So that Monday afternoon, when I drove around looking at houses in our price range, I started to panic just a little bit. There just wasn’t much at all on the market, and when I drove by a “candidate” and noticed that part of the chimney was falling off, I got a sick feeling in the pit of my stomach. Because with 3rd Level Kitchen and Tee-Tee House (or, as my realtor and I liked to call it, BIG STANK) out of the running, it seemed like our only options were going to be either 1) Structurally Unsound or 2) Frighteningly Unattractive.

It all seemed so promising.

Being the mature, problem-solving girl that I am, I went home, told David all about it, and cried. I wondered if we shouldn’t take our house off the market. I wondered where in the world we’d live if ours sold. I wondered what in the world people do for a living to afford the houses they live in (my conclusion: why, they must have money trees in their backyards! mightn't I go shake one?).

And then I cried some more.

But the day before David had run across a for sale by owner listing on the internet, and I asked our realtor to see if she could get us an appointment. When she talked to the owners, they said that the house wasn't actually on the market; they had decided to wait until the spring to sell, but the FSBO company hadn't taken the pictures off the website yet. They went on to say that we were welcome to come take a look, but they knew that if they waited a few months to list it, they'd be able to make more money.

Tuesday afternoon we went to see the house. And I knew, the second I walked through the door, that it was for us. I think David took one look at my face and knew that it was for us, too. I kept thinking, "They're not asking enough for this house. They're not asking enough." And David kept thinking, "Look how happy S. is. Look how happy she is! This house would stop All The Crying. IT WOULD STOP ALL THE CRYING!"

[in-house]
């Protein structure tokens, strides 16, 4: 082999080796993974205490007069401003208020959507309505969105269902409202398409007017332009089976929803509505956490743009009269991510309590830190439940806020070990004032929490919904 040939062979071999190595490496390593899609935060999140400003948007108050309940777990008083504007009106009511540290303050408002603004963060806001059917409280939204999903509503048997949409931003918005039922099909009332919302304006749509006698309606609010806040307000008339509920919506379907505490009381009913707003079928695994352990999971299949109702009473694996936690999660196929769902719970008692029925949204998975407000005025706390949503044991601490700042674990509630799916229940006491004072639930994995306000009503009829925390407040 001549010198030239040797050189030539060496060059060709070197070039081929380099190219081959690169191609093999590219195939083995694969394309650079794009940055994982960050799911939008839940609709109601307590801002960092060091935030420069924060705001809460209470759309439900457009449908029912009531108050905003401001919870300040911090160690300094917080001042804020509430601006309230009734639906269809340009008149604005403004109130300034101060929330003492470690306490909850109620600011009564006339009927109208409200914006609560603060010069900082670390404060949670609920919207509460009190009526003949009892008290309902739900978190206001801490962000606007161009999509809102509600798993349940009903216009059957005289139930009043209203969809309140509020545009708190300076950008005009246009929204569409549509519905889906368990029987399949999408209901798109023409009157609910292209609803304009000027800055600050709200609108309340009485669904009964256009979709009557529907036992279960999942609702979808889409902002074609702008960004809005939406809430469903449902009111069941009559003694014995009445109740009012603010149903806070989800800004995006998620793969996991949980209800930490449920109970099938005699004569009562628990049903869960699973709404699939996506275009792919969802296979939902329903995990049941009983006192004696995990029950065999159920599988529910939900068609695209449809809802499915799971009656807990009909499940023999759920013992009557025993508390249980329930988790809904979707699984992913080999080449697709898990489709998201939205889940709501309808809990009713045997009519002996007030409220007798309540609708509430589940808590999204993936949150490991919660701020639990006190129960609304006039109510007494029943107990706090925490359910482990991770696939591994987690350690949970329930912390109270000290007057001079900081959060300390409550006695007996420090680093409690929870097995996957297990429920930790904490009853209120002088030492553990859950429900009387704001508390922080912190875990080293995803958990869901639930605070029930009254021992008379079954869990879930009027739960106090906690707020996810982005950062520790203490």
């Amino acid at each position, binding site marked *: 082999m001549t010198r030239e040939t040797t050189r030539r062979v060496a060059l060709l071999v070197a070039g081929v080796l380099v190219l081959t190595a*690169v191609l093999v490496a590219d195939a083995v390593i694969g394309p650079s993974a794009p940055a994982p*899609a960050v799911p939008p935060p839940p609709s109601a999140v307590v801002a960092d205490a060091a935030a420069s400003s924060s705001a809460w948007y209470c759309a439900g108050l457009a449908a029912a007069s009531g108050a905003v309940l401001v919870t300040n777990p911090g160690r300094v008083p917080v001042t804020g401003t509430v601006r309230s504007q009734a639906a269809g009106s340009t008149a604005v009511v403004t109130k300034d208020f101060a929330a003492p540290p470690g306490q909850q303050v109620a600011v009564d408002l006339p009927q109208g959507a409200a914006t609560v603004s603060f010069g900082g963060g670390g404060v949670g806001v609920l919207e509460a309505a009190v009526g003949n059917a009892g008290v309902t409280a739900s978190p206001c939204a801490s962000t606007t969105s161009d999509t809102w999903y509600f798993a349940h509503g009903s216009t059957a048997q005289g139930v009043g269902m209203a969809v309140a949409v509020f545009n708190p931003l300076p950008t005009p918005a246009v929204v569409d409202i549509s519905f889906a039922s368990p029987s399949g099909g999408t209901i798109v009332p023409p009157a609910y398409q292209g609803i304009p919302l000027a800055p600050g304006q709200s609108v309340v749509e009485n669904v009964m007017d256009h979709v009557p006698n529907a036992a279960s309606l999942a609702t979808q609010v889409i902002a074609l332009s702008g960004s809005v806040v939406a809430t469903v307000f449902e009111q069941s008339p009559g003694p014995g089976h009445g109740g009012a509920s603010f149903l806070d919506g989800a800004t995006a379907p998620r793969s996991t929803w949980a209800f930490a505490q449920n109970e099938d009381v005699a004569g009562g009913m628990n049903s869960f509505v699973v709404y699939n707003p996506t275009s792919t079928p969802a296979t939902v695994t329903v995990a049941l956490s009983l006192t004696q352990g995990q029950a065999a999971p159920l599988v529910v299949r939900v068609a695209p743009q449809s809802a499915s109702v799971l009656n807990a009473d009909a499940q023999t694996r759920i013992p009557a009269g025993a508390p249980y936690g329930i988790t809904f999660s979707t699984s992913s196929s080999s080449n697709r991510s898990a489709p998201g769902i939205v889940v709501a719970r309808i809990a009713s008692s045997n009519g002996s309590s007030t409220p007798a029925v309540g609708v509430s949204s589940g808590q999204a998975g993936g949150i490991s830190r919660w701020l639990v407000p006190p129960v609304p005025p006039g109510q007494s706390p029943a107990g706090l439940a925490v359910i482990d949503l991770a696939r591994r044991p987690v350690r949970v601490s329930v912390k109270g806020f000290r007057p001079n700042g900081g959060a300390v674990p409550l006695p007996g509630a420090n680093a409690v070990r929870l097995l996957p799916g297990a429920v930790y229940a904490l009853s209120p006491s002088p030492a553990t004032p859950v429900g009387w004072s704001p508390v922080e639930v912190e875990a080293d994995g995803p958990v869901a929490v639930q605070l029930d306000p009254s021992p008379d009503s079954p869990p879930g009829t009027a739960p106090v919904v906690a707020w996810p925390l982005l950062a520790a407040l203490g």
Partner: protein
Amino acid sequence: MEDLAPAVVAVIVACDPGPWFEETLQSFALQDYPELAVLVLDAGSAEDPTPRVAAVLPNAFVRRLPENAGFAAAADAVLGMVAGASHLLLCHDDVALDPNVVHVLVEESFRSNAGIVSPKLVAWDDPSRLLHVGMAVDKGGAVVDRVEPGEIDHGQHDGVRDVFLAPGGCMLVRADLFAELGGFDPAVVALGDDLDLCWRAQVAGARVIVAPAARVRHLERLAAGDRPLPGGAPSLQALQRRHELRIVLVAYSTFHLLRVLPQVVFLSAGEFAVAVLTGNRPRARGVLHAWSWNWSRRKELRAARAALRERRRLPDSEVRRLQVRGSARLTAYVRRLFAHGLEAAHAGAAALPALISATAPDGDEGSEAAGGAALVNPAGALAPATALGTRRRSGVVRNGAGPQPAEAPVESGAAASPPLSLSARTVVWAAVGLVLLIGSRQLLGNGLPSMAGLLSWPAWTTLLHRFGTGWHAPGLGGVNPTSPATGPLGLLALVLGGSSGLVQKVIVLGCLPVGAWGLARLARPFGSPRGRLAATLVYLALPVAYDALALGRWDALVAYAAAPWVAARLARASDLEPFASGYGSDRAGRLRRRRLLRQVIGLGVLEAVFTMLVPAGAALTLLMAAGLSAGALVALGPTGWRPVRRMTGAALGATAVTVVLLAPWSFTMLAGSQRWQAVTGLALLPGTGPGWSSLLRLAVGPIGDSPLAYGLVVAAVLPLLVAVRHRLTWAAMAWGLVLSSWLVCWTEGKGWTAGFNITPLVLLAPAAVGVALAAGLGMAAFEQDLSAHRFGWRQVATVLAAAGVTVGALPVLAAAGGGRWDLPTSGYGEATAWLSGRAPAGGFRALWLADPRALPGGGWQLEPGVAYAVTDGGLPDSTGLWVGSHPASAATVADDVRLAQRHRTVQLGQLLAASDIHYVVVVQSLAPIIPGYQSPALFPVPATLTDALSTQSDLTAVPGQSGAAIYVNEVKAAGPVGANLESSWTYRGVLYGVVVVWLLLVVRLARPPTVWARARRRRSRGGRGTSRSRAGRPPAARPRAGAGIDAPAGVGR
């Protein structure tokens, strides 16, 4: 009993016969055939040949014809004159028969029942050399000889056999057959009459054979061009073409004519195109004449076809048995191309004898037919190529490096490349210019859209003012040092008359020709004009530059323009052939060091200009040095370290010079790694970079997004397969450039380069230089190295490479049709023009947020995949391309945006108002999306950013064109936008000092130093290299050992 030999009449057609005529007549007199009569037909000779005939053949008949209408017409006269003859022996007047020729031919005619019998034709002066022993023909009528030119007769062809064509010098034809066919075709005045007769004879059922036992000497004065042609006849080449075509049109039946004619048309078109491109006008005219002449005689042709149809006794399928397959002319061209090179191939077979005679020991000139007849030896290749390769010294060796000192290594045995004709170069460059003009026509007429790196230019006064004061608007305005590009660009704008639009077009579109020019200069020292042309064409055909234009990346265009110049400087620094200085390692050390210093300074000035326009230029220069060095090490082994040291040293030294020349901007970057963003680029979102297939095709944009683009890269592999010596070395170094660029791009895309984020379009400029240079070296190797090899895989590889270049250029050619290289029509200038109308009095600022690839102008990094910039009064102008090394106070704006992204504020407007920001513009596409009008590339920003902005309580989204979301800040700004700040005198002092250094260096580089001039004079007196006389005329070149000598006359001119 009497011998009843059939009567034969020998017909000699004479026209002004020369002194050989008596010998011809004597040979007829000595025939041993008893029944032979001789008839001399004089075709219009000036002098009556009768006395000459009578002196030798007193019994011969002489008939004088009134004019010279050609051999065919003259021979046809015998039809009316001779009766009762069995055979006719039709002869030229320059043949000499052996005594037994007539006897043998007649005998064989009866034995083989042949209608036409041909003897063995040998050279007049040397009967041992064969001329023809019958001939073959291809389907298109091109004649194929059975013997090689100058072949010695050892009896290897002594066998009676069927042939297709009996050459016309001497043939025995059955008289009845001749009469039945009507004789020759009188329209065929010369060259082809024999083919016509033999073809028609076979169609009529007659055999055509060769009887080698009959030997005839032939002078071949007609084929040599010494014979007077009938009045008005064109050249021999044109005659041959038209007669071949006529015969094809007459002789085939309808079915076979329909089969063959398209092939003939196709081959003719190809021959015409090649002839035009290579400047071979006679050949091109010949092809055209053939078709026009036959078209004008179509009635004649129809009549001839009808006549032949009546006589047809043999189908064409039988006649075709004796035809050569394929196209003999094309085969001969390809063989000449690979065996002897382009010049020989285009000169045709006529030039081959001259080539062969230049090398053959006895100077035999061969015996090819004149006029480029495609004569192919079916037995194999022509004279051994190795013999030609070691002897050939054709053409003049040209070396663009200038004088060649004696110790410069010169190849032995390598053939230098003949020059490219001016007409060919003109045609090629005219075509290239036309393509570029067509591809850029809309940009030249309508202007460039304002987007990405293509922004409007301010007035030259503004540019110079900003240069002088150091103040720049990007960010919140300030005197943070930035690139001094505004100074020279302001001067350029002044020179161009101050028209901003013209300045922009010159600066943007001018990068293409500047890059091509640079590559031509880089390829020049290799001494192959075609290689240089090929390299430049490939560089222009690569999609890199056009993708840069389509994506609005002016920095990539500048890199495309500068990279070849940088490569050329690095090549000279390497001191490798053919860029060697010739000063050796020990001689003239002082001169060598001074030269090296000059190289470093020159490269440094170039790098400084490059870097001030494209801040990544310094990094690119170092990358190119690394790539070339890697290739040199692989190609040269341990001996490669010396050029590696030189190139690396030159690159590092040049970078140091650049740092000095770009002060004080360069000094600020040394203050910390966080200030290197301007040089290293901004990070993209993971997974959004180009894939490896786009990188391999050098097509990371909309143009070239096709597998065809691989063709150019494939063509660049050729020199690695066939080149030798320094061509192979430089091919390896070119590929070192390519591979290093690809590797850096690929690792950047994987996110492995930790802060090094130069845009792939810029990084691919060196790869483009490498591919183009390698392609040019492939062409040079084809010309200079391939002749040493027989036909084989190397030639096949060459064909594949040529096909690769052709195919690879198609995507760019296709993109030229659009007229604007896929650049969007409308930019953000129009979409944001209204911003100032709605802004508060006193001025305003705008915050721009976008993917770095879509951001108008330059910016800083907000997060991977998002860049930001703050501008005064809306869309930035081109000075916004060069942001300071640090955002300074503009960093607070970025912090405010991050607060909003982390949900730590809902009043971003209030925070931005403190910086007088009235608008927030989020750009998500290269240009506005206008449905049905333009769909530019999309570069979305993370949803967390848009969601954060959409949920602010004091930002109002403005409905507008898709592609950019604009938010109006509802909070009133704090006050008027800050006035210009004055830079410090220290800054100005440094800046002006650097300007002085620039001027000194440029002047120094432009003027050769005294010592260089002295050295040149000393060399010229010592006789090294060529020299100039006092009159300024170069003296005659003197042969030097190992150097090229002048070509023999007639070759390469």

We stayed at the new house for over an hour, talking non-stop with the owners and checking out every nook and cranny. We finally left, and within fifteen minutes of being back at our house, we had decided to make an offer. They accepted it. They also told our realtor that, after meeting us, after seeing Alex run up and down the hallway and make himself right at home, that they really saw God's hand in how it all worked out.

Funny - David and I feel exactly the same way.

Several of y'all have commented and emailed to ask about the details. Does the house have shag carpet? How much work does it need? Will David and I be up to our eyeballs in home improvement projects for the next sweet forever? Will Austin Powers and Felicity Shagwell be right at home there?

Believe it or not, there's no shag carpet. The house has been completely renovated. The rooms are big, the view is great, and we won't have to do a single thing other than move in our stuff. I don't even have to paint.

Also: IT DOESN'T SMELL LIKE TEE-TEE! You must trust me when I tell you that I wasn't so sure we'd find a house where that was the case.

Best of all, it feels like home.

We can't wait to get there.

Monday, November 20, 2006

I'm Too Distracted By Cuteness To Think Of A Title

Alex at his Thankgiving program at his Mother's Day Out today.

He was an Indian.

[grinning at all the cuteness]

He was a cute little Indian.

Who sang!

Did I mention how cute he was?

I think I love him.